This could be a major improvement to a specific grade in a class you're taking or new grades or transcripts that have only recently been released (and that are more recent than your mid-year report).
For example, Vanderbilt recommends that waitlisted applicants "consider submitting any substantially relevant new information (e.g., new grades that might be available)."
You can send an updated transcript or write a brief email or letter detailing your recent grades.
#4: Stay in Contact
Some schools give slight preference to waitlisted applicants who make an effort to stay in contact with the school, specifically the admissions committee/officer or regional dean. This generally just means keeping in touch via email.
You might occasionally send an email to notify the school/dean of any recent updates about you (see Tip #2) or to elaborate on your continued interest in the school (see Tip #1).
On its official website, Franklin & Marshall College states that "continuing to maintain and achieve outstanding grades, as well as having occasional email contact with your Regional Dean, will supplement your interest in the College" (bold emphasis mine).
#5: Retake the SAT/ACT (If Possible)
In some cases, a school might be willing to accept and review new SAT/ACT scores you have that are submitted after you've been waitlisted.
I'd advise against retaking the SAT/ACT unless you're 100% certain the school you've been waitlisted at will actually look at the scores and you'll be able to earn a higher score on the test than what you earned when you originally submitted your application.
- May 8, 2021
- June 5, 2021
- April 17, 2021
- June 12, 2021
- July 17, 2021
#6: Get an Interview (If Possible)
Schools don't typically allow this, but if a college is willing to interview waitlisted applicants or let them come to campus to interview, it's worth it to take them up on this offer. Make sure you prepare for the interview and are able to answer key questions such as why you want to go to this school and what you hope to do with your education in the future.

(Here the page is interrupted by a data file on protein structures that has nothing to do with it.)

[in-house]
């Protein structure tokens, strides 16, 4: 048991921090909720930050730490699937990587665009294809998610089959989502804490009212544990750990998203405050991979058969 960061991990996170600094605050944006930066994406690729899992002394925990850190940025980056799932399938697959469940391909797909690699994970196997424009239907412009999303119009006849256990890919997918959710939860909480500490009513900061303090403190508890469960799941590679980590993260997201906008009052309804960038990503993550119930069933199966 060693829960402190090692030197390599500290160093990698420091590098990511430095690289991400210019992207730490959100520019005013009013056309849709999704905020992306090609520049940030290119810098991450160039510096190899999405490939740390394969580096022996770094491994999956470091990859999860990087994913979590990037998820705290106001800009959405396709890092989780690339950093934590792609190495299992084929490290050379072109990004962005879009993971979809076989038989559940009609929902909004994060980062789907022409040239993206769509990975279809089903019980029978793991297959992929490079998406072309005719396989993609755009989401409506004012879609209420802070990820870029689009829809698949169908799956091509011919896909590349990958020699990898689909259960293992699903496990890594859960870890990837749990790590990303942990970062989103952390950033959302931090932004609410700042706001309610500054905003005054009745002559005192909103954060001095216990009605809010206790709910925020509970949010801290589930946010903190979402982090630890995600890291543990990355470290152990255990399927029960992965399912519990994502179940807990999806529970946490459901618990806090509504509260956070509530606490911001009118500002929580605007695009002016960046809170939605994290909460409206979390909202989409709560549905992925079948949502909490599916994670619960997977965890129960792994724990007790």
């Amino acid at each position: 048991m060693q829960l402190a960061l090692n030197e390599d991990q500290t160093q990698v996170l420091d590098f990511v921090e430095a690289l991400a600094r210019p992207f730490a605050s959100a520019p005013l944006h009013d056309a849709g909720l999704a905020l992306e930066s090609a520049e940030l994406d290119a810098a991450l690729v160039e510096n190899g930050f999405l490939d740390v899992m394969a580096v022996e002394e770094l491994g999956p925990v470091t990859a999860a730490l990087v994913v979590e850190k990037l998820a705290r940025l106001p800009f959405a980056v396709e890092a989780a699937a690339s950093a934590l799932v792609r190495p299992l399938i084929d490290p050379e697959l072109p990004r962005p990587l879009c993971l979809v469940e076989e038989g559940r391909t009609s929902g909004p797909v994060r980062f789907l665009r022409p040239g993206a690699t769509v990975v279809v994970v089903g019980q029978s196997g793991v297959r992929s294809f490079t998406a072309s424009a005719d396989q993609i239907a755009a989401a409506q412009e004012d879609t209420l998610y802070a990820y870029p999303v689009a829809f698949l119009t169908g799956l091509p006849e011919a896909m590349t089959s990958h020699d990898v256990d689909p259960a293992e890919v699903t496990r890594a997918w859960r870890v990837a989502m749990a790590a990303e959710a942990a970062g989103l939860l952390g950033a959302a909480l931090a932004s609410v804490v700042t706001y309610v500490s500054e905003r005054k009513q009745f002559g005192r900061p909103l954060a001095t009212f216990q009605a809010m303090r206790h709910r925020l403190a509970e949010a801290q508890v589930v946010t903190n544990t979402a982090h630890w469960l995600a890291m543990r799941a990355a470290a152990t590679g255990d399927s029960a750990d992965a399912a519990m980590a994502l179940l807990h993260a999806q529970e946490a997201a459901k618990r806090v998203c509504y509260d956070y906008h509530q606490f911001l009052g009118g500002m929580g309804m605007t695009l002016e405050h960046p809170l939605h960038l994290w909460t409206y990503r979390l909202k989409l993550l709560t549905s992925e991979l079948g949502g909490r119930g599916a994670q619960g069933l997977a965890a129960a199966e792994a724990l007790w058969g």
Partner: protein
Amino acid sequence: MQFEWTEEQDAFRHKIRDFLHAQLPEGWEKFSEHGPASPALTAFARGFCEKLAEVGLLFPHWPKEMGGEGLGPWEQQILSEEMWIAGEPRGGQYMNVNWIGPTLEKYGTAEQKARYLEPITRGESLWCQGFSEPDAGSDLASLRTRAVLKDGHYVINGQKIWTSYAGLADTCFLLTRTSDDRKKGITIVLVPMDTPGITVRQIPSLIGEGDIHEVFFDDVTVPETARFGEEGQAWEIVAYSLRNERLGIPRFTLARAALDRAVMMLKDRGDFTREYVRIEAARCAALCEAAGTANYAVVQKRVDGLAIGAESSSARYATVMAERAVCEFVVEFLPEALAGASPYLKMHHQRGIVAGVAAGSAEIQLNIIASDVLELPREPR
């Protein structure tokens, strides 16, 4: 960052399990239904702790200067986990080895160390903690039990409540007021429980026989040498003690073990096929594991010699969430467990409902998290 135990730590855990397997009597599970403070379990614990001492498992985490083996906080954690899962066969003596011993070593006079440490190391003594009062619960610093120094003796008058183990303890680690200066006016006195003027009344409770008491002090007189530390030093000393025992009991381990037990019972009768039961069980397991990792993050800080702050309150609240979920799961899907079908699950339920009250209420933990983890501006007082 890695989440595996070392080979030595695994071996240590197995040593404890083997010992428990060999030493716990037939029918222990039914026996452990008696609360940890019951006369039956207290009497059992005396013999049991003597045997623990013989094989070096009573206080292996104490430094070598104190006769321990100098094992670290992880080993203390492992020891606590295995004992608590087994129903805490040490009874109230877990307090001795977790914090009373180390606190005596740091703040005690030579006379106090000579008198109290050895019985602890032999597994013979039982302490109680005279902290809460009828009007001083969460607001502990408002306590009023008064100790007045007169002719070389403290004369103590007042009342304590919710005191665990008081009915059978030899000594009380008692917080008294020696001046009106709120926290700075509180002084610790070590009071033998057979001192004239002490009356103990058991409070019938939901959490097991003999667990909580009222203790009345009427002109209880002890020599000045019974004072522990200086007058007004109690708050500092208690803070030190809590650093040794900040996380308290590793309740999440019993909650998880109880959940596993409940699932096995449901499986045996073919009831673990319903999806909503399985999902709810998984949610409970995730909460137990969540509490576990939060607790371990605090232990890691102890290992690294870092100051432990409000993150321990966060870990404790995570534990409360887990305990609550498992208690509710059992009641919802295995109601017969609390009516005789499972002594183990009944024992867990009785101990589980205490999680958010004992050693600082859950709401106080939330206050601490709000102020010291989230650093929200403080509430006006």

Yes, it's cheesy—but thinking positive will help you get through this trying time!
Recap: What to Do If You Are Waitlisted at a College
The college waitlist is a list of applicants who might or might not be offered admission to a particular college. Schools usually start to admit applicants off the waitlist after May 1 and will continue to admit applicants until they've filled their entire freshman class.
How likely it is you'll be admitted off the college waitlist depends mostly on the following factors:
- The number of remaining spots in the freshman class
- What types of students schools want to admit in terms of majors, locations, etc.
- How likely you are to attend the school if accepted
- How strong your application is overall
- How highly ranked you are on the waitlist (if the school ranks waitlisted applicants)
If you're waitlisted at a school, there are four steps you should take, in this order:
#1: Make a decision about the waitlist
#2: Officially accept or decline your waitlist invitation
#3: Pick a college to attend and submit your non-refundable deposit
#4: Wait for your waitlist decision
Finally, here are six tips you can use to try to raise your chances of getting admitted off the college waitlist:
- Write a letter of interest
- Send important updates (on accomplishments)
- Keep up your grades and GPA
- Stay in contact with the school, specifically the (head of the) admissions committee
- Retake the SAT/ACT (if the college will for sure look at any new scores you get)
- Get an interview (if offered by the college)
Maybe you didn't get waitlisted—maybe you got rejected. Trust me, I know the feeling. Get tips on how to deal with the crushing pain of college rejection—and then learn how to move on to new and better things!
Need help applying to college? Get advice with our step-by-step guide, and don't forget to use our college acceptance calculator to estimate your chances of getting into your dream school.
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Hannah received her MA in Japanese Studies from the University of Michigan and holds a bachelor's degree from the University of Southern California. From 2013 to 2015, she taught English in Japan via the JET Program. She is passionate about education, writing, and travel.